Like any country there is respect with the culture and Costa Rica in no different. Faux pas varies from country to country, but in Costa Rica modesty, politeness, good manners, and common courtesy are the main keys. Even if you do not speak Spanish, learn to say, Buenos Dias (Good Morning) and Muchas Gracias (thank you) and you will see a world of difference. Costa Ricans call themselves, Ticos (TEE-kos).
The number one term in Costa Rican is slang “Pura Vida” (Pure Life) and you will hear it all the time – so when a foreigner says it, automatically they get the thumbs up. Costa Ricans are usually very polite, quick to shake hands or place a kiss on someone´s cheek. They have a very high literary rate because schooling is required, so they speak formal Spanish. If you speak Spanish, do not use the the form of “tu”, since they consider that informal or uneducated Spanish.The family is also important, and it is considered very polite to ask, “How is your family doing?”
Now if you are invited to Costa Rica’s home for the first time, take a small gift such as flowers, chocolates, beer, wine, or if you can, something special from your home country. If you are offered food, try to eat it even if you are not hungry. Not eating is a form of insult.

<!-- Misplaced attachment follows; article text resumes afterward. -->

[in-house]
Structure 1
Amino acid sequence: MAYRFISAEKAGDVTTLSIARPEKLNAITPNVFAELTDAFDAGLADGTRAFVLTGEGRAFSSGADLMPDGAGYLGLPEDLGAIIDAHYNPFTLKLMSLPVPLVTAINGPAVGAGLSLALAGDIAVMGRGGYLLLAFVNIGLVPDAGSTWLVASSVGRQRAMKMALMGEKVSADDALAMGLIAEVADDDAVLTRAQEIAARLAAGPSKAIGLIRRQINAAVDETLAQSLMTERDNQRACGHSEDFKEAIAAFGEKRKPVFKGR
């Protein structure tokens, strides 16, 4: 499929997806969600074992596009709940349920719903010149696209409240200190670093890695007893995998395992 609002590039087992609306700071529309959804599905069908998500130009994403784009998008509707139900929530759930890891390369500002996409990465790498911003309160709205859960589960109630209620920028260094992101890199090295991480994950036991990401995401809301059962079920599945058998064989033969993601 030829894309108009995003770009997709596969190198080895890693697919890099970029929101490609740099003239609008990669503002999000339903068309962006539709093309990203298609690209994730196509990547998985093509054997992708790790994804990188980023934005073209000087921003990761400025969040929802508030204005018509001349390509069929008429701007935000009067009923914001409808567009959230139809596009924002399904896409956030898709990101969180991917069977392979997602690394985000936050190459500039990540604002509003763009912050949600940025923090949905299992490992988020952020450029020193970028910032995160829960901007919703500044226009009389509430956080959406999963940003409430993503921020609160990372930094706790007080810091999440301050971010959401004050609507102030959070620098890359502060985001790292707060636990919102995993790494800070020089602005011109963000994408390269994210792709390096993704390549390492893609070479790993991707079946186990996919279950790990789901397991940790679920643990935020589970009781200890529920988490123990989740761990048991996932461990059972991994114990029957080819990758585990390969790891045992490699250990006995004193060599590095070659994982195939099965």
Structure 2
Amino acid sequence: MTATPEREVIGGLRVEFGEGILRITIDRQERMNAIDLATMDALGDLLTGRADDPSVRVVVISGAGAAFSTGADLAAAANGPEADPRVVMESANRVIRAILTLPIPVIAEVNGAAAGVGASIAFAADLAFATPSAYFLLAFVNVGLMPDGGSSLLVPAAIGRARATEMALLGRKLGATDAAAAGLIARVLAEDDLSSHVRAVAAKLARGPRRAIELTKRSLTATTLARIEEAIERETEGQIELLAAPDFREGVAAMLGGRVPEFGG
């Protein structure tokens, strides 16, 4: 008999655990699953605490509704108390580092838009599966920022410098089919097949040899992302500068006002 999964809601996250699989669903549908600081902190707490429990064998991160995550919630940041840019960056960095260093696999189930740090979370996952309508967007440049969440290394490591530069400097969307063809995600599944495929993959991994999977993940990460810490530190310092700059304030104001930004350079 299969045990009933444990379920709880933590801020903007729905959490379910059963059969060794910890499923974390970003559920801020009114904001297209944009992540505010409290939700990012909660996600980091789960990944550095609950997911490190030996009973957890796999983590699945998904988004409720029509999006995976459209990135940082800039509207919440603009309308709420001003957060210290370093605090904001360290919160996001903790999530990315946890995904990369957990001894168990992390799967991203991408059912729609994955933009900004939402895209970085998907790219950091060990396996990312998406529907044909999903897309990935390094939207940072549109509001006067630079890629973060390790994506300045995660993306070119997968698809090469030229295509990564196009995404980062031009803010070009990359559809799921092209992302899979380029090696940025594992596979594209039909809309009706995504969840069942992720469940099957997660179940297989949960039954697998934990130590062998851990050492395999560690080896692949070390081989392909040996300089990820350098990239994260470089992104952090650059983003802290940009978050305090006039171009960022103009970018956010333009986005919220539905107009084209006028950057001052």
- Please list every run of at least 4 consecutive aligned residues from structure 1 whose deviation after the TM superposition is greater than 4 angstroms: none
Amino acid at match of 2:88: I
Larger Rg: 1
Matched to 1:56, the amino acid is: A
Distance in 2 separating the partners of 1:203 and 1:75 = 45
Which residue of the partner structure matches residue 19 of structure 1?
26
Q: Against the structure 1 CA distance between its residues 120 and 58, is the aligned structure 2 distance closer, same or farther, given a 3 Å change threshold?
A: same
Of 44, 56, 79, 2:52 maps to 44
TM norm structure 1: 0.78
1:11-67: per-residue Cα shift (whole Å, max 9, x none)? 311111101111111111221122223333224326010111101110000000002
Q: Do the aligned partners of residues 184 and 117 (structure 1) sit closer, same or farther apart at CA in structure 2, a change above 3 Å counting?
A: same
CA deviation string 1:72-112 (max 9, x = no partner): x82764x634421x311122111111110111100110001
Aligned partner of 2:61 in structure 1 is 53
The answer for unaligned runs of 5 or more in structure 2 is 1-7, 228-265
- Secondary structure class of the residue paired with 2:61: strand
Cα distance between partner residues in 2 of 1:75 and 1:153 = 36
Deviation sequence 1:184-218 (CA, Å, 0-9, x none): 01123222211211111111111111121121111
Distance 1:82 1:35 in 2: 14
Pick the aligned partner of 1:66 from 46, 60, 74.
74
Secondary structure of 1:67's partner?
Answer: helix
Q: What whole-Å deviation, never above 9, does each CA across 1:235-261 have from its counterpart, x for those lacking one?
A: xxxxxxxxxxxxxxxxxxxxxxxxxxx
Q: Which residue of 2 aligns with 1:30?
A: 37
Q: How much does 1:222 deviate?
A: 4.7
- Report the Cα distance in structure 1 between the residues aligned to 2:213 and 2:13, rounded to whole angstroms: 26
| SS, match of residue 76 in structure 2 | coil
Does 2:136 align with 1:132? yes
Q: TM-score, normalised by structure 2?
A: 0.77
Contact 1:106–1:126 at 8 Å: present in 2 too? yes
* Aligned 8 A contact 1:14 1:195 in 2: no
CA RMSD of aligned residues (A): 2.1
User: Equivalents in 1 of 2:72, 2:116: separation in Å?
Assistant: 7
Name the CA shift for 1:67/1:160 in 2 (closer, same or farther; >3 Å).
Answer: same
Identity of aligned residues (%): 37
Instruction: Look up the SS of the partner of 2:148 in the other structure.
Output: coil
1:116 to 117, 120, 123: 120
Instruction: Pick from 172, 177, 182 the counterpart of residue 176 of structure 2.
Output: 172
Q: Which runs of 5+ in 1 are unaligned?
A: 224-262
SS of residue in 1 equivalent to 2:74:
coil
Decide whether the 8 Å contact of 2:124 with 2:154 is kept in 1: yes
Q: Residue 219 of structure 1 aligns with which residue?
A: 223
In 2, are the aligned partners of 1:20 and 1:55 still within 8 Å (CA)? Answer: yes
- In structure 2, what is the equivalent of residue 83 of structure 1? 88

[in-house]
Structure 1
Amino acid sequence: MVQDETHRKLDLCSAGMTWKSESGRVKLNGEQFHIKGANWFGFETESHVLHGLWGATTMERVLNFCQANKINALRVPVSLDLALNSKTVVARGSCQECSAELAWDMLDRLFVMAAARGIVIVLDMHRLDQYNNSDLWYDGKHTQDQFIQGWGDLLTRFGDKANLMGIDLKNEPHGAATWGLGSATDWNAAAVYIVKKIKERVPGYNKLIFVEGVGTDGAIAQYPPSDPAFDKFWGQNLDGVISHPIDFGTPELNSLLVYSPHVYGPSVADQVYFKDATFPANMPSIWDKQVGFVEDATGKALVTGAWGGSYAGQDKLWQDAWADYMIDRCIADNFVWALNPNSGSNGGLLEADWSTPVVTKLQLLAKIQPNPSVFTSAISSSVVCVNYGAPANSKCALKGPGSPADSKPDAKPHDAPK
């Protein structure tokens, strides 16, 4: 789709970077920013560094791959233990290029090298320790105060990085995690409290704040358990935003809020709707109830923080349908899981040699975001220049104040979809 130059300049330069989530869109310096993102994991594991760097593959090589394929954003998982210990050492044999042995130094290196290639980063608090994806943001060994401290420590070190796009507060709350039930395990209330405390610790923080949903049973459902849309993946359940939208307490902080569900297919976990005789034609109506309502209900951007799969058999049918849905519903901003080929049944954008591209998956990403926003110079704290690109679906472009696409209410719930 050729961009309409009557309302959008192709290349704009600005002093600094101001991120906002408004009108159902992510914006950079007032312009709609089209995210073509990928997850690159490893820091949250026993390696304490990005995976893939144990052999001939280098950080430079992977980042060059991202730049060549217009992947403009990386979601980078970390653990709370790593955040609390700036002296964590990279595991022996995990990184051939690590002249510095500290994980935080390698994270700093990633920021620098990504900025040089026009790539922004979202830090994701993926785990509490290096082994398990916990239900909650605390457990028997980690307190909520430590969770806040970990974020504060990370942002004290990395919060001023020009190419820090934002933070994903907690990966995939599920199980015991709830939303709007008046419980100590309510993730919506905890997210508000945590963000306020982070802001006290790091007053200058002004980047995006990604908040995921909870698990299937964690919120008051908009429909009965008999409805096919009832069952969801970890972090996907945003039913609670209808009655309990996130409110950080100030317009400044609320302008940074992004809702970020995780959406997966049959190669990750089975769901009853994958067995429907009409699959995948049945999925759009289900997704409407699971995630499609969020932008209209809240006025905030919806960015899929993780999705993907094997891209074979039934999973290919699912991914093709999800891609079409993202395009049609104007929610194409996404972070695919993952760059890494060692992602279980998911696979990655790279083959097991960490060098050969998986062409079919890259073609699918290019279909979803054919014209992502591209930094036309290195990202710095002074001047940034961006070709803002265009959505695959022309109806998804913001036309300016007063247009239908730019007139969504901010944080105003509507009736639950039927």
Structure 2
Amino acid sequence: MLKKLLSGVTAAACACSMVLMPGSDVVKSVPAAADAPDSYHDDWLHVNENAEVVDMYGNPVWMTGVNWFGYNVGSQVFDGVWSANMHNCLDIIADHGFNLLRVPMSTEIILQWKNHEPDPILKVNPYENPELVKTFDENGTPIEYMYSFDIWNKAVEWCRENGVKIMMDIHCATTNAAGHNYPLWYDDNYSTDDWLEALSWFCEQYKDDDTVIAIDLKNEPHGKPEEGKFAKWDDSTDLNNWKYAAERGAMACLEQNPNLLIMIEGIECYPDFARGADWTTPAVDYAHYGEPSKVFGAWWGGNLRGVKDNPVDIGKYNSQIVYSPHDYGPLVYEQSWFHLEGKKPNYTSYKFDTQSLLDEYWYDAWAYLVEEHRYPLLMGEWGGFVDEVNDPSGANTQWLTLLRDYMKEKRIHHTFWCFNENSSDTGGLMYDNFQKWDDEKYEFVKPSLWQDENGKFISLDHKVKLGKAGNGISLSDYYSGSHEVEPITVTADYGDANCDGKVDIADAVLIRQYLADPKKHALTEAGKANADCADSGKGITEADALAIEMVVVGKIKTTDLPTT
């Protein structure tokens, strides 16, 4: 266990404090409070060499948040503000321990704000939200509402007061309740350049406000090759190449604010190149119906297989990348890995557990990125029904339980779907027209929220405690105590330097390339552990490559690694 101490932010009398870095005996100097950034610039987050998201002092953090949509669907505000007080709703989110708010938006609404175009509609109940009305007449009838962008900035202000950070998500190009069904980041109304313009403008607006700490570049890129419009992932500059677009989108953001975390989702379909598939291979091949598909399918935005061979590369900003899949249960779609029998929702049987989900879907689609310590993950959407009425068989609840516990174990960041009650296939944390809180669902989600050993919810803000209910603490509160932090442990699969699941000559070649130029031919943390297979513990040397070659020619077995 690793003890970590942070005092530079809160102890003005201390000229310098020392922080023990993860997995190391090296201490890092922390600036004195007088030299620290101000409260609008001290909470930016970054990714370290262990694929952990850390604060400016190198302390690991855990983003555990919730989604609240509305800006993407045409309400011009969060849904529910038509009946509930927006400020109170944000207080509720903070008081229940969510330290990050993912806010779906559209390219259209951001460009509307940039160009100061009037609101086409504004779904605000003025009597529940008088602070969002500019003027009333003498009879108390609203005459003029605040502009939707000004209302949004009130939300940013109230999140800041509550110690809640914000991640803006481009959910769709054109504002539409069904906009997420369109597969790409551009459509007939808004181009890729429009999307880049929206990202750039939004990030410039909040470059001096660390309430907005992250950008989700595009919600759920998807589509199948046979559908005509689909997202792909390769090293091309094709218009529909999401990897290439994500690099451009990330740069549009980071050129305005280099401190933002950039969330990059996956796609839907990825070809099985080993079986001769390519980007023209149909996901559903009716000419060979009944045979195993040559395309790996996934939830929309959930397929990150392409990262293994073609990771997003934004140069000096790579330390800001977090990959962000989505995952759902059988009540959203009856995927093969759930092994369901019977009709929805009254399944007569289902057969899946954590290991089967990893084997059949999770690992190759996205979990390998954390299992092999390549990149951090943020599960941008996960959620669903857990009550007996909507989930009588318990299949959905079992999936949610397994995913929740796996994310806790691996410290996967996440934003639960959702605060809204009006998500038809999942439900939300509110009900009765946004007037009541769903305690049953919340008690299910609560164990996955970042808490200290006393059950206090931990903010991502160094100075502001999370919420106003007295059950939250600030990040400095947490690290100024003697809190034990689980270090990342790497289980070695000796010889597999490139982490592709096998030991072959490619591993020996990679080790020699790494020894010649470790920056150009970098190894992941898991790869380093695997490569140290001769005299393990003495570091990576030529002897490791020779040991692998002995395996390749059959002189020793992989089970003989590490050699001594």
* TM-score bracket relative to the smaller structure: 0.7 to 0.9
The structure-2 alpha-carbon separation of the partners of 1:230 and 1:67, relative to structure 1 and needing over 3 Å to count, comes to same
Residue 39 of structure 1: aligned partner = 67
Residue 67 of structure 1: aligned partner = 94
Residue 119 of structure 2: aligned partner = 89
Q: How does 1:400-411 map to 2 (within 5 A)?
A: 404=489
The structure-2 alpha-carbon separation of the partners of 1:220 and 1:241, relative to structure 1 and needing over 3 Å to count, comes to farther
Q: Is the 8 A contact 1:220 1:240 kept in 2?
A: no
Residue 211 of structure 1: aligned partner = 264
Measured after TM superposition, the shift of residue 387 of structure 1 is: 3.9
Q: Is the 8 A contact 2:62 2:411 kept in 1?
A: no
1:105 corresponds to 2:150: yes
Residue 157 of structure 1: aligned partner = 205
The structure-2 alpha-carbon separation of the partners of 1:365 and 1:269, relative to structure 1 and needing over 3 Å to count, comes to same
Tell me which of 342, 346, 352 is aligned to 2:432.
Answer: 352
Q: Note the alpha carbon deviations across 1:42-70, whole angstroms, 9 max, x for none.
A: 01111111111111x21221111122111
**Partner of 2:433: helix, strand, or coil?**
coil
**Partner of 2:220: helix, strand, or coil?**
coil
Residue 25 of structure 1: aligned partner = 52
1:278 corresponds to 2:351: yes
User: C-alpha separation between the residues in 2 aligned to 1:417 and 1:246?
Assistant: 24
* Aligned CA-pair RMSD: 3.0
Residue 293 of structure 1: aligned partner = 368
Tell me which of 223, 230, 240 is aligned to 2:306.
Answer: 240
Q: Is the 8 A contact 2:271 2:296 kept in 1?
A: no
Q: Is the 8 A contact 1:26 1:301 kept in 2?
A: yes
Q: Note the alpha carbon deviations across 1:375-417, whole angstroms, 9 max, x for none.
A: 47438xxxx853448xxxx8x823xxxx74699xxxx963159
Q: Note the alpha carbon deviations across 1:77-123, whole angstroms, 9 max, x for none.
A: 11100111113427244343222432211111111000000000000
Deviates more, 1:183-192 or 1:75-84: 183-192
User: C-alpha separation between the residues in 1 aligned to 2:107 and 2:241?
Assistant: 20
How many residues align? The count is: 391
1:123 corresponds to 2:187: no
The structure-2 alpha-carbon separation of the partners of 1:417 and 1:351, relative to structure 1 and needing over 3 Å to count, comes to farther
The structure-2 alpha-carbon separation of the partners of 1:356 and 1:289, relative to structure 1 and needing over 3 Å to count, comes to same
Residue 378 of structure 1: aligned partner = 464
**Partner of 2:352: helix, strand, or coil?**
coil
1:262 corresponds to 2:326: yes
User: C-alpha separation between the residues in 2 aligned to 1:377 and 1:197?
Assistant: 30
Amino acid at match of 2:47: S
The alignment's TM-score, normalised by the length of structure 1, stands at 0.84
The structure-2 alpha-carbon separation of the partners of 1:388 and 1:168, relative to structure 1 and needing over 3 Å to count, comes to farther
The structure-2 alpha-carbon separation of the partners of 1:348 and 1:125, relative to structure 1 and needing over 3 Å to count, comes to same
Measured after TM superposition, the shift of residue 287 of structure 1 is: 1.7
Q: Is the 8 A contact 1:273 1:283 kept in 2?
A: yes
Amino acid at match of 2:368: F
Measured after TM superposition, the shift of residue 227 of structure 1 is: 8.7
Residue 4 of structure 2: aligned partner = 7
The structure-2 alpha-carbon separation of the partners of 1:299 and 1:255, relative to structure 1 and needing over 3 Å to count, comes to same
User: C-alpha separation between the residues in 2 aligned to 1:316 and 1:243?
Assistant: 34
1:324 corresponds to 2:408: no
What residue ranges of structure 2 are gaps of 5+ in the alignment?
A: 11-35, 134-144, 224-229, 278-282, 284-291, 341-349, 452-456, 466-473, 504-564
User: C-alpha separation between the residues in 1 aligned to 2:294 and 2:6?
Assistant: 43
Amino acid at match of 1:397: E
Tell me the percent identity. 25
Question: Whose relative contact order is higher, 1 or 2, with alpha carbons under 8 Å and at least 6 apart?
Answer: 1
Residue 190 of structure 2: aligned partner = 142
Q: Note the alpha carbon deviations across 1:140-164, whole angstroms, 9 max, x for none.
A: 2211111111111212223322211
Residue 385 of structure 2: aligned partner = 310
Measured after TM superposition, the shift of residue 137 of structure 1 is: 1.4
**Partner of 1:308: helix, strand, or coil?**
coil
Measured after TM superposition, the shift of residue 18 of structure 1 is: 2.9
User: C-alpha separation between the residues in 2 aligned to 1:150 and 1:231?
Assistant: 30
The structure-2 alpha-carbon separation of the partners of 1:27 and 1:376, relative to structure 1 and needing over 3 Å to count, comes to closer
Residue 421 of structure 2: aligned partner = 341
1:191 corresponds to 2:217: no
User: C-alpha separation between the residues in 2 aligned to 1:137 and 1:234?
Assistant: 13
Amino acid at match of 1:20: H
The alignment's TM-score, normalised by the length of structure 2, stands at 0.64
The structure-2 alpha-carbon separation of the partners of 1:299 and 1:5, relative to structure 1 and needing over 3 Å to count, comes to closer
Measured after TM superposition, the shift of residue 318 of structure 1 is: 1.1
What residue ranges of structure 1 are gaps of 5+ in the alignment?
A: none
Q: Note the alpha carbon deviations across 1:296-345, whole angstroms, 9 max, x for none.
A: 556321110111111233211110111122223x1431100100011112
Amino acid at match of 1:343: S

Dress code in San José is a little bit more formal than in the countryside or beach cities like Jaco and Tamarindo. People usually don´t wear shorts outside the beach areas, but it is accepted from foreigners; being invited to a home, don’t wear them. But if you think you can wear those baggy shorts that hang half down your ass to a party – think again!
Strangely, a country where prostitution is legal, modesty also plays a major part in Faux pas. Catholicism is the major religion; old-world traditions is highly respected among the elderly. Walking into the hotel lobby wearing a bikini without covering up is not cool! If you are sunbathing topless on a public beach, and a cop politely walks over and ask you to put your top back on, but ten minutes later after the cop has left, you take it off again, expect problems. This is total disrespect for the culture and shows that you are looking down on the people, not counting the fact, it is against the law unless you are on a private clothing optional beach.
Another lack of respects is getting overly drunk. Remember three things,
- Everyone on vacation likes to get drunk the first night they arrive.
- Costa Ricans love to drink
- But they don’t like drunks, especially those that cause problems and are loud and obnoxious.
Arguing out loud with management or hassle the waitress over a bill as trivial as a $1, again this is not cool because Costa Rica’s are generally peaceful and despise conflict.